In the name of freedom of religion, the U.S. Supreme Court on Monday extended the reach of employers’ religious beliefs into working Americans’ lives. Its 5-4 ruling in Burwell vs. Hobby Lobby was a blow to women’s reproductive rights and to the Affordable Care Act’s preventive-care coverage requirement.
The decision also gave the meaning of freedom of religion a perverse twist. While the Constitution forbids government from imposing religion on Americans, the high court’s majority found nothing objectionable about bosses imposing their religious tenets on employee health insurance benefits, regardless of those employees’ religious views.
On its face, the 5-4 Hobby Lobby decision may have been confined to contraception coverage under the ACA. In effect, it creates a new religion-based exclusion for family-owned corporations from the ACA requirement that preventive medical coverage be covered in full by the insurance packages that large employers provide.
That’s bad enough, especially for those who work for employers who consider some or all forms of contraception sinful. Those employees are free to buy contraception themselves, of course. But for low-wage workers at employers like Hobby Lobby, that cost burden can be substantial — and unfair.
But Monday’s ruling also seems likely to encourage corporations to challenge other federal laws on religious grounds. The majority opinion written by Justice Samuel Alito seeks to minimize that possibility. Alito cast Hobby Lobby as a narrow decision rooted in a 1993 federal law, which he said trumped the ACA in part because the ACA exempts religious institutions from its contraceptive coverage mandate. Having made that exception, government could and should make another for religiously motivated for-profit corporations, Alito wrote.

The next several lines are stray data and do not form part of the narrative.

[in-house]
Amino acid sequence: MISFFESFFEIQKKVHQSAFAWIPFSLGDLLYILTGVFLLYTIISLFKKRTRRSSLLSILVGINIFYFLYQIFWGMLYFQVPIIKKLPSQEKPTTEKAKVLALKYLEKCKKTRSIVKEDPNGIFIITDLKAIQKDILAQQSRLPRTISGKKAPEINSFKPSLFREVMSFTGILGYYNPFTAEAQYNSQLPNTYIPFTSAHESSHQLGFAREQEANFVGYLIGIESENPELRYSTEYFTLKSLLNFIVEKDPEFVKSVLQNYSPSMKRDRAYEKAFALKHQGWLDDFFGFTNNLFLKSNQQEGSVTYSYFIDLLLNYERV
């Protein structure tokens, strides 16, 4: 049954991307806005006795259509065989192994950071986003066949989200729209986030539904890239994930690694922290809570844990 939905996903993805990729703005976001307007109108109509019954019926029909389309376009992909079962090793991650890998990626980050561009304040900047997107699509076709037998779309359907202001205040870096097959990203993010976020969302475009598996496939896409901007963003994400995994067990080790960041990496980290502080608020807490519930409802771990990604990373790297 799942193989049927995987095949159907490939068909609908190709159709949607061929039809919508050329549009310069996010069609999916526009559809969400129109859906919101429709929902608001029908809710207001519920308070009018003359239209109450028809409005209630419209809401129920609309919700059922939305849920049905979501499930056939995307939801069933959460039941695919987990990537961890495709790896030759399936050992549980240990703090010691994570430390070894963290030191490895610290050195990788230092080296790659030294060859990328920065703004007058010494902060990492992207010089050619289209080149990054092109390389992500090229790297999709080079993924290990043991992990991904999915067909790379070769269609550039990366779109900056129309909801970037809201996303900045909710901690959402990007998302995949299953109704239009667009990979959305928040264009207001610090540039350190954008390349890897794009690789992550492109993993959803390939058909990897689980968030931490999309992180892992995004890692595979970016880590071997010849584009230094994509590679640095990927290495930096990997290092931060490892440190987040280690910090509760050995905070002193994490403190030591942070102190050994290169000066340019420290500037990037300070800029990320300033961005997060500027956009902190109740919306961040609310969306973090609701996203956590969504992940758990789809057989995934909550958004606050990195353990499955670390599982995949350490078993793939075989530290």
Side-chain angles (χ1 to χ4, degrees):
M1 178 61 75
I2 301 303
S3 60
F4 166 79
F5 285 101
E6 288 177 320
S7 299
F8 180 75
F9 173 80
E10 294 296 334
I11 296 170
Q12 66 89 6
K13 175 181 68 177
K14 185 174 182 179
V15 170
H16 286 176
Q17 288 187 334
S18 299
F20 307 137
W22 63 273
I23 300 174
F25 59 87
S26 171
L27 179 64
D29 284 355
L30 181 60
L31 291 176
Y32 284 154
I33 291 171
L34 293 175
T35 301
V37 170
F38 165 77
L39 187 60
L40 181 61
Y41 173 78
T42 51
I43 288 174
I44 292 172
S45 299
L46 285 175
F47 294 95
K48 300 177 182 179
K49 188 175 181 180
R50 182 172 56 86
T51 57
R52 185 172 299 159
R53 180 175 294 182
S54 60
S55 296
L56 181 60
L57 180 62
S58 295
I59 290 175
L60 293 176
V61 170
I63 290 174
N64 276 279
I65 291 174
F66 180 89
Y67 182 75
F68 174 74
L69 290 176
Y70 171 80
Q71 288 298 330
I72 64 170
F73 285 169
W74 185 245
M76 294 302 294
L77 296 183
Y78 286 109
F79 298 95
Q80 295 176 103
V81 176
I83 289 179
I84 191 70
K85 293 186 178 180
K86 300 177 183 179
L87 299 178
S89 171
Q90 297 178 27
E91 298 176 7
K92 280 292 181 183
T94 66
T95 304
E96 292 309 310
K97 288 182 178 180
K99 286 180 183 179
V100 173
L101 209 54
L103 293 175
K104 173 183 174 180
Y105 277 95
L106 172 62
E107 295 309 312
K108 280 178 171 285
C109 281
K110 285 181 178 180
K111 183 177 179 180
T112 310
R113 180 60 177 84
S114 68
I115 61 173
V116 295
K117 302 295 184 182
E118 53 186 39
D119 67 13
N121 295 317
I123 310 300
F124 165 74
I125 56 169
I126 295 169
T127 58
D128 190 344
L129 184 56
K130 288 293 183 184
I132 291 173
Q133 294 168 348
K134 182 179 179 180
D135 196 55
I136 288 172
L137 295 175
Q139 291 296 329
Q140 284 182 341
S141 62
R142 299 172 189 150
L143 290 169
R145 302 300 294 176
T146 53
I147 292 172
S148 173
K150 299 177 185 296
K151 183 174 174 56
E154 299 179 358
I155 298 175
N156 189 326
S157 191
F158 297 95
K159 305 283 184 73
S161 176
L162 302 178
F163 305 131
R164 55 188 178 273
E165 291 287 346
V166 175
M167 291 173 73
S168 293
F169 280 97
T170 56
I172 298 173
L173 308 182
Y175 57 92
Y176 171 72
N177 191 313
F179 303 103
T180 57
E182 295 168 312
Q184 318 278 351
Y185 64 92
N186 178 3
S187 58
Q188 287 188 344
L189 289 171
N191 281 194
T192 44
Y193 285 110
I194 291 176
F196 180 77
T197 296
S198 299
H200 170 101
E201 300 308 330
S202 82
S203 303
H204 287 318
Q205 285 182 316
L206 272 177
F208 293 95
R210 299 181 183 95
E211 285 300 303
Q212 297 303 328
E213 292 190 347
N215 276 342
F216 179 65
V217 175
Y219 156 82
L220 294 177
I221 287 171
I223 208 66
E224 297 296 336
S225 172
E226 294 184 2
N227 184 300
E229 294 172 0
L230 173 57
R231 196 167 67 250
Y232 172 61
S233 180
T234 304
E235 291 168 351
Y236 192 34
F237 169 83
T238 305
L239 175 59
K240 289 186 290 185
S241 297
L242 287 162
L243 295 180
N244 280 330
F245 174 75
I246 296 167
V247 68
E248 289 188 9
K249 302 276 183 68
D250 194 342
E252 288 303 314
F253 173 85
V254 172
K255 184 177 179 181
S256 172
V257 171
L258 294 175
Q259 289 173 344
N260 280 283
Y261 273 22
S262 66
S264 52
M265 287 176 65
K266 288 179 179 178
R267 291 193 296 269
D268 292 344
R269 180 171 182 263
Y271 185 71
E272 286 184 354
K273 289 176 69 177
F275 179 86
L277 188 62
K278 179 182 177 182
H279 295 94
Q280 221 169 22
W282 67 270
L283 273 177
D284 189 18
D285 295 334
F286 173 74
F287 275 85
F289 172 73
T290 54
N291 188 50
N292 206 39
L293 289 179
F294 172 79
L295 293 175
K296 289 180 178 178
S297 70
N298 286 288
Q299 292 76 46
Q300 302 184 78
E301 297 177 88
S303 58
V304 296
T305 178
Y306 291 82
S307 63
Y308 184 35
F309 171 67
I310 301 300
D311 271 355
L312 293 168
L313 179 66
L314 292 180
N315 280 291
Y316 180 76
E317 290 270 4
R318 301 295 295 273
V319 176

Yet Alito’s insistence that for-profit corporations are persons under the law seems to invite more “personal” freedom claims by employers — though Alito specified that religion won’t pass muster as a federal tax dodge. As for other laws employers find burdensome and can tie to religion, it appears to be open season in the nation’s federal courts — or so fretted Justice Ruth Bader Ginsburg, writing for the four-justice minority.
Defenders of women’s rights reacted to the ruling with understandable outrage. Allowing an employer to refuse to cover a health service as basic — and as plainly preventive — as contraception or allowing an employer to choose which type of contraception merits coverage reverts to an earlier, darker age in attitudes about women’s role in reproduction. Women have reason to be alarmed that the court majority did not give more weight to the health benefits of preventing unwanted pregnancies.
But Americans for whom childbearing is not a personal issue also have reason for concern about the Hobby Lobby ruling. It fits a recent Supreme Court pattern of decisions that favor business interests over competing concerns. Alito’s corporate personhood treatise in Monday’s decision is reminiscent of Justice Anthony Kennedy’s majority opinion in the 2010 Citizens United case, which opened a floodgate of corporate spending on political campaigns in the name of freedom of speech.
Americans prize their constitutional guarantees of freedom from government interference with speech and thought. It will be a shame if the branch of government entrusted to safeguard those freedoms is remembered as the one that gave a green light to more corporate interference in those very realms.